That scenario exists, but the fluid in question isn't orange juice. It's wine. Something between 5 and 10 per cent of corks used in wine bottles will ruin the bottle's contents. Yet we consumers still prefer them, even though plastic in any form is a far better sealant.
What is wrong with these glamorous, "natural" stoppers? They leak, for one. They shrink, letting in air and therefore ruination. They may give off dust which is difficult to remove from wine. And worst of all, corks produce "corking", which can ruin any bottle from industrial-grade Liebfraumilch to Chateau Margaux.
Corked wine is dreadfully common, yet there is still confusion about it. A 1996 NOP survey for Penfolds found that only one in seven wine drinkers knew the meaning of the term. For the record, corked wine is wine that has picked up a taint from a cork-borne fungus called 2,4,6 trichloroanisole (TCA). The wine is perfectly good when it goes into the bottle, but contact with a TCA-tainted cork (unidentifiable before bottling) ruins it. The wine tastes mouldy, or musty, or woody. At a recent tasting someone used the terms "dank cellar" and "wet socks", which are strikingly apt.
Corked bottles can show up anywhere. At the dinner announcing the 1997 International Wine Challenge awards, my table had a corked bottle of Montana Marlborough Reserve Chardonnay 1996 (pounds 5.99, widely available). Only later, when I got hold of another bottle, did I learn why the wine had won a Gold Medal. It is one of the most heavenly marriages of oak and fruit you'll find this side of paradise. Or this side of a 10-pound note, at any rate. Producers and retailers have long been nudging consumers towards accepting that Plastic is Beautiful, and Tesco is the latest proselytiser. In a new initiative launched this Wednesday, they've done special screw- top bottlings of five mid-priced wines, and will be selling them in-store with plastic-friendly quotes from journalists (including yours truly). Among their screwy wines, all on special offer until 5 November, are Rylands Grove Barrel Fermented Chenin Blanc, a South African combining freshness and complexity of fruit, and the delicious LaPerouse Vin de Pays d'Oc, red and white, made with input from the Penfolds gang. The Chenin is pounds 3.49 from pounds 3.99, the d'Ocs are pounds 3.99 from pounds 4.99.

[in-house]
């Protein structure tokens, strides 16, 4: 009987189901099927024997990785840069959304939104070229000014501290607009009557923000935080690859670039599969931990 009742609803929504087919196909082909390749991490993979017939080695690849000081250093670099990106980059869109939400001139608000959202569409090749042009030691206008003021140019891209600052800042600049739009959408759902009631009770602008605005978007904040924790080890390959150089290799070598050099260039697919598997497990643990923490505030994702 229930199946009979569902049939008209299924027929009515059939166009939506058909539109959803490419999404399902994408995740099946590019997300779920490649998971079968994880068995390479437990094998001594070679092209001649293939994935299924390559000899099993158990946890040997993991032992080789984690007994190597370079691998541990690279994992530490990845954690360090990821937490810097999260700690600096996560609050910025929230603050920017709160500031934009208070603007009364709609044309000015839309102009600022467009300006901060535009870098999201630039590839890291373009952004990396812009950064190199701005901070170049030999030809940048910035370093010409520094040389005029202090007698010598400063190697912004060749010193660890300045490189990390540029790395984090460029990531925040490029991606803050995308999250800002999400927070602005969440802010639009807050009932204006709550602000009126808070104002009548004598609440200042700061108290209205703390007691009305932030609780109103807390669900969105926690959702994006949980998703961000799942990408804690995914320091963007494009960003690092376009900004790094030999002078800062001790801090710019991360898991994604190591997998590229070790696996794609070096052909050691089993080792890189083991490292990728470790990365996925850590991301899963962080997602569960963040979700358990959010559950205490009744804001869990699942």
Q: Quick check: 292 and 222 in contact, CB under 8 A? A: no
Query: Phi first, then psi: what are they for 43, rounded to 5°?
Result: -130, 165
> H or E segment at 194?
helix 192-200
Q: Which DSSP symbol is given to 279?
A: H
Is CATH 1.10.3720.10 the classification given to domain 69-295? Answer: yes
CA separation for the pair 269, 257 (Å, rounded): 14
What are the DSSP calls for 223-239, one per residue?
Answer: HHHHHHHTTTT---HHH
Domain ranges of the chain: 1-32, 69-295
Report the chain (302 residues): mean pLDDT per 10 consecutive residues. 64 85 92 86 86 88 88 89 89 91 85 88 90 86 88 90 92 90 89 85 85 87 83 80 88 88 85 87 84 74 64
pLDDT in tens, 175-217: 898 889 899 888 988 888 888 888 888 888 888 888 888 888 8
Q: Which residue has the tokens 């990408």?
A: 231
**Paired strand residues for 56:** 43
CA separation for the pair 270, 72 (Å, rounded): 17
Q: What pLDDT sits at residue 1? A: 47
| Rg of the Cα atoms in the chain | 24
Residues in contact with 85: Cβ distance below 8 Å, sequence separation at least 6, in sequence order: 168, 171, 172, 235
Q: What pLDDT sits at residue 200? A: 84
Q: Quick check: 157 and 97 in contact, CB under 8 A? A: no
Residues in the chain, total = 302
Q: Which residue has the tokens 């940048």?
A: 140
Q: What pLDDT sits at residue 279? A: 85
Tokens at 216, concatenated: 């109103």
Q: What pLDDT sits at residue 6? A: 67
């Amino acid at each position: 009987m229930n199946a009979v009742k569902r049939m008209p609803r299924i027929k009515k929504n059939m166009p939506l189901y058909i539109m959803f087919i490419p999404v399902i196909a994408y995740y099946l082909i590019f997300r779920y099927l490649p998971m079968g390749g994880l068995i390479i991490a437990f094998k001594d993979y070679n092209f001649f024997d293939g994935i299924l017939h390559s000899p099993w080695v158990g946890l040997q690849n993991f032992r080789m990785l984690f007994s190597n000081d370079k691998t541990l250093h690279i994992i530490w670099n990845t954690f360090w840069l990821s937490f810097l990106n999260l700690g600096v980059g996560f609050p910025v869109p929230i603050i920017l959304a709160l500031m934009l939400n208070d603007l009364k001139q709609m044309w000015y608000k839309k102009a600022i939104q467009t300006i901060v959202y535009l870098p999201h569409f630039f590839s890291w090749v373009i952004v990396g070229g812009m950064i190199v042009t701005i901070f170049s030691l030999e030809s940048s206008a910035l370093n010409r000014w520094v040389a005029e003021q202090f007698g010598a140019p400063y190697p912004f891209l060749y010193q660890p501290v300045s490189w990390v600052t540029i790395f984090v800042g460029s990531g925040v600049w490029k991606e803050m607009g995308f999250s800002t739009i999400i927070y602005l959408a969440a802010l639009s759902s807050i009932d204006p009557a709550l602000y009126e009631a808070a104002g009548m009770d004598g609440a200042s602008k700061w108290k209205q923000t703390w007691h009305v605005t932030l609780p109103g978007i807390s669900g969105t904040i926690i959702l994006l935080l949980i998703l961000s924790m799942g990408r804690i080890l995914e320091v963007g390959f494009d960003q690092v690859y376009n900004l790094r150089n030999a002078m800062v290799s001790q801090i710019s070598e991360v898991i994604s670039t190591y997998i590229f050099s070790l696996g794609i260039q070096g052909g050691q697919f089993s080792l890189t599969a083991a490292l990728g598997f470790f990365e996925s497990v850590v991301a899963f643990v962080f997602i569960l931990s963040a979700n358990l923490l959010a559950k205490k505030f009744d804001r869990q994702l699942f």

The best known cork initiative is that of Southcorp Wines, the Australian group which owns Penfolds, Lindemans and other estimable brands. After extensive research found TCA in almost 50 per cent of cork trees tested, they bottled their 1995 Bin 2 Shiraz-Mourvedre with screw-caps and invited buyers to answer questions on the result. Most approved, and Penfolds will do the same with the 1996 vintage. They are also investing in a polyethylene closure called Aegis which we're sure to see a lot more of.
Aside from the solitary Penfolds, it's hard to find a "quality" wine in a screw-cap bottle. Some supermarkets have encountered stiff resistance, and even the dare-devils at Oddbins won't be stocking a single screw-cap bottle until the 1996 Bin 2 arrives this autumn.
While all this resistance suggests that Tesco has its work cut out, in the long run you'd better get used to plastic. Liz Robertson MW, of Safeway, thinks it may be five years before consumer acceptance is complete, but she has no doubt that acceptance is inevitable. "This train," she says, "isn't turning back."
Needless to say, some of the fun would go out of wine-drinking if screw- caps replaced corks. No more nasty cuts under your thumbnail while peeling off the foil capsule. No more straining to pull a dry cork, and turning purple in the face, while trying desperately to impress the hot prospect you've invited over for a candle-lit seduction dinner. No more unloading perfectly chilled bottles from the picnic hamper and then discovering that someone forgot to pack a corkscrew. No more spending money on wine racks.
And no more TCA, too. I can't wait.Reuse content